Dame Barbara Hepworth (1903-1975)
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Dame Barbara Hepworth (1903-1975)

Two Forms (Orkney)

Dame Barbara Hepworth (1903-1975)
Two Forms (Orkney)
slate, on a laquered wood base, unique
8 ¼ in. (21 cm.) high, including base
Carved in 1967.
This work is recorded as BH 440, unique
Purchased direct from the artist by Miss Iva Dundas, London and St. Ives, in September 1968.
Anonymous sale; Sotheby's, London, 25 June 1986, lot 243, where purchased by the present owner.
Exhibition catalogue, Barbara Hepworth Retrospective 1927-67, London, Tate Gallery, 1968, no. 176, p. 43, bronze version illustrated.
A. Bowness, The Complete Sculpture of Barbara Hepworth 1960-69, London, 1971, pp. 44-45, no. 440, illustrated.
S. Bowness (ed.), Barbara Hepworth The Plasters The Gift to Wakefield, Farnham, 2011, pp. 47, 153.
London, Tate Gallery, Barbara Hepworth Retrospective 1927-67, 1968, no. 176.
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Lot Essay

‘I feel that direct carving is a fundamental part of the development of man and his attitude to the future’ (B. Hepworth, quoted in M. Shepherd, Barbara Hepworth, London, 1963).

During the 1960s, Hepworth reignited her fascination with a wide variety of coloured stones, and her use of slate is an aspect of this heightened interest in colour. Two Forms (Orkney) belongs to a series of around sixty slate carvings by Hepworth in the 1960s and 1970s which are characterised by a smooth, highly polished finish and a richness of colour. Many are two-or-three part works on a relatively intimate scale. Her first sculpture in slate, Carving (Mylor), 1962-3, is said to have been carved from the top of a billiard table probably made of Welsh slate. Shortly afterwards, Hepworth was introduced to the famous Delabole slate quarry in north Cornwall, where the slate has been used as a building material for over 600 years. Henry Gilbert, the St Ives architect and friend of Hepworth, used his contacts to obtain slate for her at Delabole. 'Heart slate' from beds deep in the quarry was most suitable for carving. As she told Alan Bowness, ‘I found out that if they quarried very deeply in the slate quarry here at Delabole (in Cornwall) they could get a reasonable thickness for me, and a very fine quality - much finer than the top layers which are used industrially. So every time they come across what they consider a sculptor's piece, they telephone me. The slates from these deep beds are very beautiful’ (quoted in conversation with Alan Bowness (ed.), The Complete Sculpture of Barbara Hepworth 1960-69, London, 1971, p. 8).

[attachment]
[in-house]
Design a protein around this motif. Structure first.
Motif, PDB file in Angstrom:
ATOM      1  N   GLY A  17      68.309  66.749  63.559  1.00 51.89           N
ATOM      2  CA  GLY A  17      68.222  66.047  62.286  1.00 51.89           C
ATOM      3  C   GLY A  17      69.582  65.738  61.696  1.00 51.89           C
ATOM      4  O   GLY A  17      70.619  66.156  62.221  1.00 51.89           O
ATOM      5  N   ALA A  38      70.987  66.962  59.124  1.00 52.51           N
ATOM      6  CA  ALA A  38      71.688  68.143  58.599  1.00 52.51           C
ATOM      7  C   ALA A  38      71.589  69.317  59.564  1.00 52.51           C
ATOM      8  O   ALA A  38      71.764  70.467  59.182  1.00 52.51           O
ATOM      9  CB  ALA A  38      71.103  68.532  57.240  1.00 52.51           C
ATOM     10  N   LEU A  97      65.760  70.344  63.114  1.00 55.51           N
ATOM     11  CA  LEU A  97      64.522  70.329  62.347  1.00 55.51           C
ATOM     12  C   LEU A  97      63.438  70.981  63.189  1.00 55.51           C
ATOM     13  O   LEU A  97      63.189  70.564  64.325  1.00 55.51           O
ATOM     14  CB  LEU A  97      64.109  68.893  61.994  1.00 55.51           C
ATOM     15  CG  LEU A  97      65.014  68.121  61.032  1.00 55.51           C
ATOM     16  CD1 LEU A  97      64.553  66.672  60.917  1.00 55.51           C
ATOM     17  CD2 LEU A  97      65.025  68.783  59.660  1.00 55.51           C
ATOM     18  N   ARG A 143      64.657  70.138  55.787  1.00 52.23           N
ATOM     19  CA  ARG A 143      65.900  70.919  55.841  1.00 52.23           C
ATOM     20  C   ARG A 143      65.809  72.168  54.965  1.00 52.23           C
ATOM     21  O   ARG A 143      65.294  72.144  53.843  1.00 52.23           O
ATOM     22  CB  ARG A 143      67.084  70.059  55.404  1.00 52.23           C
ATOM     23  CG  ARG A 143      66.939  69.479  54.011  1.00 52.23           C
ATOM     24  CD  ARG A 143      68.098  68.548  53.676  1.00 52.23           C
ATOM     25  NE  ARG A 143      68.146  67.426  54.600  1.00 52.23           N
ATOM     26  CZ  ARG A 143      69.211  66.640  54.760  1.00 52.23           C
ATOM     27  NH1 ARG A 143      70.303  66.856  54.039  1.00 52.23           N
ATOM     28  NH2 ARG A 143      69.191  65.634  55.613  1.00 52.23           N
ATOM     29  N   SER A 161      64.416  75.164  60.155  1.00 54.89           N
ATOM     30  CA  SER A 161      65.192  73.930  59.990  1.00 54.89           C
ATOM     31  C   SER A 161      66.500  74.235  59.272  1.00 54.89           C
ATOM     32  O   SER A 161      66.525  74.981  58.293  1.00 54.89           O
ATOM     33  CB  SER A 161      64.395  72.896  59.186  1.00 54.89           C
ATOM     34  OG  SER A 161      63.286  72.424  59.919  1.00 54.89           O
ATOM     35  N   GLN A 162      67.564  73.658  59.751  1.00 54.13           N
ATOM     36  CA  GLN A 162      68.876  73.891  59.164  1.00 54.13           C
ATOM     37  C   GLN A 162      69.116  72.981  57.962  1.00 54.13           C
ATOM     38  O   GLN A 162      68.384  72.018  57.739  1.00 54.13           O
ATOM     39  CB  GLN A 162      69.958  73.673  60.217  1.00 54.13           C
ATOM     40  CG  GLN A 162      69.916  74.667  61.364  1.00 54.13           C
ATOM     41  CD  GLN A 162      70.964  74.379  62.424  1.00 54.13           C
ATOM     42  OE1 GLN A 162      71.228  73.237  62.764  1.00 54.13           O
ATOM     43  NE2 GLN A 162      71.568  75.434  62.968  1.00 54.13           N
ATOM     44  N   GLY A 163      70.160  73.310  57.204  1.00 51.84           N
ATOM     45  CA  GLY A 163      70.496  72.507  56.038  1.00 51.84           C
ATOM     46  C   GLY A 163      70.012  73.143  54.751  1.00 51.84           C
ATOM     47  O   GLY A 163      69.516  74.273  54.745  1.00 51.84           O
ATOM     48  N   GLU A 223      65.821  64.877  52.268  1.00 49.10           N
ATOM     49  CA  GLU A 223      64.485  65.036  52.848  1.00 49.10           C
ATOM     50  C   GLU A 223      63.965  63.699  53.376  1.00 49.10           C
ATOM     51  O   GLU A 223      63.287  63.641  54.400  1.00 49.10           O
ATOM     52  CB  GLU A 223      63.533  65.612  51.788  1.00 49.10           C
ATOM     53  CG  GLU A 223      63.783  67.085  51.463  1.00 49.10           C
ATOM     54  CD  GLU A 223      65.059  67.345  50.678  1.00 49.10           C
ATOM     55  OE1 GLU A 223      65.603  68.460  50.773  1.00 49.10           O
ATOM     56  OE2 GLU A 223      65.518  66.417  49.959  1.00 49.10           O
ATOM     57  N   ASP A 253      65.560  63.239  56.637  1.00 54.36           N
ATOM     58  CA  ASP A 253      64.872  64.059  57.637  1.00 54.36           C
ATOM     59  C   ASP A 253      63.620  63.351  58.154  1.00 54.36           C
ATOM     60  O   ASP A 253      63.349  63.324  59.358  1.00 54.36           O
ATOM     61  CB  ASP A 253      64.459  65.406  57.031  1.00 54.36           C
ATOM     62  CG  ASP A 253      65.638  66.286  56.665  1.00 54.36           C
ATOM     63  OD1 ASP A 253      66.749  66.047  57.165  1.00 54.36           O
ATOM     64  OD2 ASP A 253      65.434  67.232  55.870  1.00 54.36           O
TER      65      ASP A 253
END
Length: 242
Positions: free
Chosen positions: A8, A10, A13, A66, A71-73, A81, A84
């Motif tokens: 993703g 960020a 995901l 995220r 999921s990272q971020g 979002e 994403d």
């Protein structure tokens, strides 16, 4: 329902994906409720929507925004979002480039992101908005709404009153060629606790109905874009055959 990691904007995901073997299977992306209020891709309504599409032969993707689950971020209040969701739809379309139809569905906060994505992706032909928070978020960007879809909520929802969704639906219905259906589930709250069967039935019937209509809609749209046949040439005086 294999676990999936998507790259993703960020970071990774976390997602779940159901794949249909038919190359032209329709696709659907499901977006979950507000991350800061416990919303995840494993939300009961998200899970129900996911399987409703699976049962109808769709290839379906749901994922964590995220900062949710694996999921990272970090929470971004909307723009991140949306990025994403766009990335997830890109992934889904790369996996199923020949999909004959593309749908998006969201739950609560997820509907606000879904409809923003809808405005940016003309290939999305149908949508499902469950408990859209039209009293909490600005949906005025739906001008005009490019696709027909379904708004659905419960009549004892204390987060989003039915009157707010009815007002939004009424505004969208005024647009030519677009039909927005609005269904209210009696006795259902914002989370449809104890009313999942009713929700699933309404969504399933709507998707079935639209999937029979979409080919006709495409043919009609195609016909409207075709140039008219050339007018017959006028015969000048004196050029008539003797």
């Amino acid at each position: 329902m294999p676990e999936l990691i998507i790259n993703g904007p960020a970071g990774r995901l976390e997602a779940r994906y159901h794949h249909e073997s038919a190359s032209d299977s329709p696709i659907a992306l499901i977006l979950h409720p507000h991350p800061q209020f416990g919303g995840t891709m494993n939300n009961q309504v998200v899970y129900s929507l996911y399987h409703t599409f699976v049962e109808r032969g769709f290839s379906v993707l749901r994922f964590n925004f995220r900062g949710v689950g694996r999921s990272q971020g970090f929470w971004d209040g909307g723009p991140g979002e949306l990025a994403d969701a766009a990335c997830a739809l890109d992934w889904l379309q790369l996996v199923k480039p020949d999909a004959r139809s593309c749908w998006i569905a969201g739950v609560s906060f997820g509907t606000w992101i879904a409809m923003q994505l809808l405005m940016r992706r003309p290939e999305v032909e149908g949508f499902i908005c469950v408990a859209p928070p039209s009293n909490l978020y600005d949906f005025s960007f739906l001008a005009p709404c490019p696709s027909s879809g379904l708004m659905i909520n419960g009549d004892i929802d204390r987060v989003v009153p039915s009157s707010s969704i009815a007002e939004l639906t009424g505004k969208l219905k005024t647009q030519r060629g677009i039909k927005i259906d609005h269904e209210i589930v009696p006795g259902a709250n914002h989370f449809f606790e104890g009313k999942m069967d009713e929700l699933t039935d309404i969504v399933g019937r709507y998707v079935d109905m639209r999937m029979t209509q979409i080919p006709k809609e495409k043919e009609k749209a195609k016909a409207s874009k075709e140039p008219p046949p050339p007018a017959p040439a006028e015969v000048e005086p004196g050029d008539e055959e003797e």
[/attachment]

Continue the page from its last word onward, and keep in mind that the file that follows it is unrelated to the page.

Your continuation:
The title of the present work, Two Forms (Orkney), relates the sculpture to one of the principal themes in Hepworth's work, the figure in the landscape. Hepworth's titles were added after a sculpture had been completed and were associations, never literal representations of a place.

The relationship of three forms had been of special importance to Hepworth since the 1930s (she had made the first three-part grouping in 1935, following the birth of her triplets the previous year), and she continued to make many variations on it.

The present work was cast in bronze in an edition of 9 + 0 in 1967 (BH 441), and there are two plaster versions, one in Wakefield, and another which Hepworth probably returned to is in the plaster studio at the Barbara Hepworth Museum, St Ives, laid flat on a shelf (see S. Bowness, ibid., p. 153).

We are very grateful to Dr Sophie Bowness for her providing information in preparing this catalogue entry. Dr Sophie Bowness is preparing the revised catalogue raisonné of Hepworth's sculpture.

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